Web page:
|The First Recordings|
|The Break with the Industry|
THE BREAK WITH THE MUSIC INDUSTRY
Six Pieces marks the end of what Robert John Godfrey has called "the first phase in the life of The Enid". It almost marked the end of The Enid. Francis Lickerish and keyboard player Willie Gilmour left the band. Drummer Chris North and bassist Martin Russell followed some time afterwards. Godfrey and Stewart settled down in a Suffolk farmhouse to become proprietors of The Lodge recording studio, working largely in the pop field. They recorded such acts as Mari Wilson and Propaganda, and both recorded and performed as the (uncredited) backing band on Kim Wilde's first album.
But The Enid proved to have a life of its own. Back in 1979 Pye had recorded The Enid playing live at the Hammersmith Odeon, intending to release the recording, along with a compilation of tracks from previous albums, as "Rhapsody in Rock". It was never released, but Tommy Vance had acquired the live material and in 1982 he played Fand, a twenty-minute piece originally recorded on Aerie Faerie Nonsense, on Radio One's Friday Rock Show. Vance was a fan. He said, on air, "Robert John Godfrey is to my mind one of the greatest composers this country has ever had..."
A NEW CHAPTER
Suddenly Godfrey and Stewart were inundated with requests for more. The following was still out there, and growing. Godfrey and Stewart closed their studio and recorded what was to be their most successful album to date, Something Wicked This Way Comes. A 156-date British tour in 1983 confirmed it - The Enid, now essentially a duo, were back.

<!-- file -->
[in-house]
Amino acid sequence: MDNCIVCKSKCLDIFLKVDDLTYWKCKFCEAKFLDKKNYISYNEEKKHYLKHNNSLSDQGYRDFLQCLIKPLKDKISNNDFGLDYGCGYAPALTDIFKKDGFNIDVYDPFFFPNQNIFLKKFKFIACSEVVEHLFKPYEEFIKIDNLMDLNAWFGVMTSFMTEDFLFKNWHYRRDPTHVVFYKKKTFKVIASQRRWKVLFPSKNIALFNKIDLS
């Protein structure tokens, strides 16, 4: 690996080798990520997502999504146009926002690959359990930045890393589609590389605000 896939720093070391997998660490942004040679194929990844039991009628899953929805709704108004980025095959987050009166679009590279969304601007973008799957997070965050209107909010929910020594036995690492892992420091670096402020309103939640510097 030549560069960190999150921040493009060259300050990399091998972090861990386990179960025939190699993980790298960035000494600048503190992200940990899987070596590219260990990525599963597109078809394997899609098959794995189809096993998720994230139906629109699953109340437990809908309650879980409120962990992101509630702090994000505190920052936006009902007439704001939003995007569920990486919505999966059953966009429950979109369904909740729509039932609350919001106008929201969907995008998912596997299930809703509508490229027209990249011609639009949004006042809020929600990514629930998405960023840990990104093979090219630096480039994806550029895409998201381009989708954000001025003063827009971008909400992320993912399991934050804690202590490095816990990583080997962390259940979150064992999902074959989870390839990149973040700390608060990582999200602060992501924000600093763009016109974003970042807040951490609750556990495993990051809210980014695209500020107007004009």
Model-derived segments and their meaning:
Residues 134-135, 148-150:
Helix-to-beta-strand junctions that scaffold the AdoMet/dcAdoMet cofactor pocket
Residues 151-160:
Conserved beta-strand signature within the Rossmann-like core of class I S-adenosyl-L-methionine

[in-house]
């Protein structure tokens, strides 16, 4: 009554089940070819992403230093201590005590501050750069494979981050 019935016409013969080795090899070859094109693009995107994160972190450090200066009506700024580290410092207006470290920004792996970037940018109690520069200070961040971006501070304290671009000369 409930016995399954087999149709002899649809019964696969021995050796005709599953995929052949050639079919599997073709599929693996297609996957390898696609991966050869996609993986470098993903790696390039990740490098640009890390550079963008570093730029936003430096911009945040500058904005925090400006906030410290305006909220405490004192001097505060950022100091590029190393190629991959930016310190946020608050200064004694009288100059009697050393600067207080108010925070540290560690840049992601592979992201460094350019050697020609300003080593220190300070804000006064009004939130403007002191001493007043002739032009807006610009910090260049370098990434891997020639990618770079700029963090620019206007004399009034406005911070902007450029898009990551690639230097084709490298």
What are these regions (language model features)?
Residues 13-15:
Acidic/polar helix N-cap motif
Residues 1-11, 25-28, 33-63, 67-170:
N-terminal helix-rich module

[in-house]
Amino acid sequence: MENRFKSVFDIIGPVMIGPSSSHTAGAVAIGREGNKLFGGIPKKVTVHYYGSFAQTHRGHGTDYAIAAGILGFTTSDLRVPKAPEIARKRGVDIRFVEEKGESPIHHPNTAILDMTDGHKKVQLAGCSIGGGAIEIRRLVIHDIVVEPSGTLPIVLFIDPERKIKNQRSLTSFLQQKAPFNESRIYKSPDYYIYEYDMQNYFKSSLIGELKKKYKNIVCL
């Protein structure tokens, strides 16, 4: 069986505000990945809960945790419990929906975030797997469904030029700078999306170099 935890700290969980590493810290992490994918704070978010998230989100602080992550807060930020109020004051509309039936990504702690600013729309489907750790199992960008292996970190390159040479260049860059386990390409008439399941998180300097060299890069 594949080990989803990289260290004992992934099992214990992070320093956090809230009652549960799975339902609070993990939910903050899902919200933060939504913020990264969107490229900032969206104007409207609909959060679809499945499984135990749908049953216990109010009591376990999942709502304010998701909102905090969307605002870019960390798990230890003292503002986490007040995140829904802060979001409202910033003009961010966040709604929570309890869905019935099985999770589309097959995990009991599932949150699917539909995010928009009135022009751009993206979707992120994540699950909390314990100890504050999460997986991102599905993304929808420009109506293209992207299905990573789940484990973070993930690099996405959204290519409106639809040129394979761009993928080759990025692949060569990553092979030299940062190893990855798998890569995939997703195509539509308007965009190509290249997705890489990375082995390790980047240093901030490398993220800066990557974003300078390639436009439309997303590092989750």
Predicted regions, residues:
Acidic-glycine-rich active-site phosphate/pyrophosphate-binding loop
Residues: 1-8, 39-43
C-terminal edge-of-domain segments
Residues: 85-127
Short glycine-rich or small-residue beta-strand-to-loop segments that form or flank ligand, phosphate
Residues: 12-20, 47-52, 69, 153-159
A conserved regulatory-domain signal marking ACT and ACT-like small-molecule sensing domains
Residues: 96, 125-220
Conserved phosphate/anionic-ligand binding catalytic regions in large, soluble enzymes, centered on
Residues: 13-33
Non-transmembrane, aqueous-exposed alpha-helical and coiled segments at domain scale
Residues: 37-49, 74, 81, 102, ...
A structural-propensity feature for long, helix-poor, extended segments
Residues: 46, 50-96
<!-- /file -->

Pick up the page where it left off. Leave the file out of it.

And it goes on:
Something Wicked This Way Comes was a radical departure from previous Enid albums. For the first time it featured vocals. It took as its theme the prospect of nuclear war - The Enid's first foray into contemporary politics. But so typical of Godfrey's approach, he avoided contributing to the arguments of justification and instead asked his audience the allegorical question: "If the holocaust comes will it be the burning fires of Hell here to punish us all for our wickedness or will be a the purifying fire of the last judgement sweeping everything clean and anew?" It was also the first time The Enid had operated without the backing of a record label. The album came out on their own "Enid" label. A band which had, on the face of it, seemed the very antithesis of punk had now established its radical credentials indelibly. The most "indie" of the "indie bands", The Enid took direct control of all aspects of their career, from recording to mastering, artwork to distribution.
There was still a "long road back" for The Enid. Much of 1983 was spent fighting to re-acquire the rights to their deleted back catalogue. They released the 1979 live recordings as the two-volume "Live at Hammersmith" set, no less potent for being four years overdue, and re-released the two Pye albums on the Enid label. EMI, who owned BUK, proved more difficult.
Godfrey, never a man to let a small thing like EMI Records stand in his way, applied the Gordian Knot principle - "I went ahead and did it anyway." Aerie Faerie Nonsense was re-mixed and issued independently at the end of 1983 (behind the thin camouflage of changing the titles of the pieces), and In the Region of the Summer Stars, much of it re-recorded and again with titles changed, followed in 1984.